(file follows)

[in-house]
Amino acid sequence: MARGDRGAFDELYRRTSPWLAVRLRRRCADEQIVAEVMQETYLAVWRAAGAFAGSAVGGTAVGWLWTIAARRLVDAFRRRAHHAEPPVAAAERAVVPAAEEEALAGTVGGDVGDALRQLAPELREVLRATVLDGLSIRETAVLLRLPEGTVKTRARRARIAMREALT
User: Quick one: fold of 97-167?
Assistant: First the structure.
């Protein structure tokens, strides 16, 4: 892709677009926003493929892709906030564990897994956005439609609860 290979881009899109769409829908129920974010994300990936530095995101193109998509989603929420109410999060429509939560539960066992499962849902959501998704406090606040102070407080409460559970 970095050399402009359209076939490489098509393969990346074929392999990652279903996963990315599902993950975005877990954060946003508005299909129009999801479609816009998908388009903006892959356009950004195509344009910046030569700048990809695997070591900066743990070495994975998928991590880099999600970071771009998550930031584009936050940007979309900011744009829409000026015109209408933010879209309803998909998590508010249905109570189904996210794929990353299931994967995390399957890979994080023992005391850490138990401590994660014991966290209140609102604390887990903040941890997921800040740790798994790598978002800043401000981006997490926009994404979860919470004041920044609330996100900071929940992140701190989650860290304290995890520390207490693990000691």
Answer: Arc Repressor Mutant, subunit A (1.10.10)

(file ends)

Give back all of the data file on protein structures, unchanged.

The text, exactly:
[in-house]
Amino acid sequence: MARGDRGAFDELYRRTSPWLAVRLRRRCADEQIVAEVMQETYLAVWRAAGAFAGSAVGGTAVGWLWTIAARRLVDAFRRRAHHAEPPVAAAERAVVPAAEEEALAGTVGGDVGDALRQLAPELREVLRATVLDGLSIRETAVLLRLPEGTVKTRARRARIAMREALT
User: Quick one: fold of 97-167?
Assistant: First the structure.
């Protein structure tokens, strides 16, 4: 892709677009926003493929892709906030564990897994956005439609609860 290979881009899109769409829908129920974010994300990936530095995101193109998509989603929420109410999060429509939560539960066992499962849902959501998704406090606040102070407080409460559970 970095050399402009359209076939490489098509393969990346074929392999990652279903996963990315599902993950975005877990954060946003508005299909129009999801479609816009998908388009903006892959356009950004195509344009910046030569700048990809695997070591900066743990070495994975998928991590880099999600970071771009998550930031584009936050940007979309900011744009829409000026015109209408933010879209309803998909998590508010249905109570189904996210794929990353299931994967995390399957890979994080023992005391850490138990401590994660014991966290209140609102604390887990903040941890997921800040740790798994790598978002800043401000981006997490926009994404979860919470004041920044609330996100900071929940992140701190989650860290304290995890520390207490693990000691």
Answer: Arc Repressor Mutant, subunit A (1.10.10)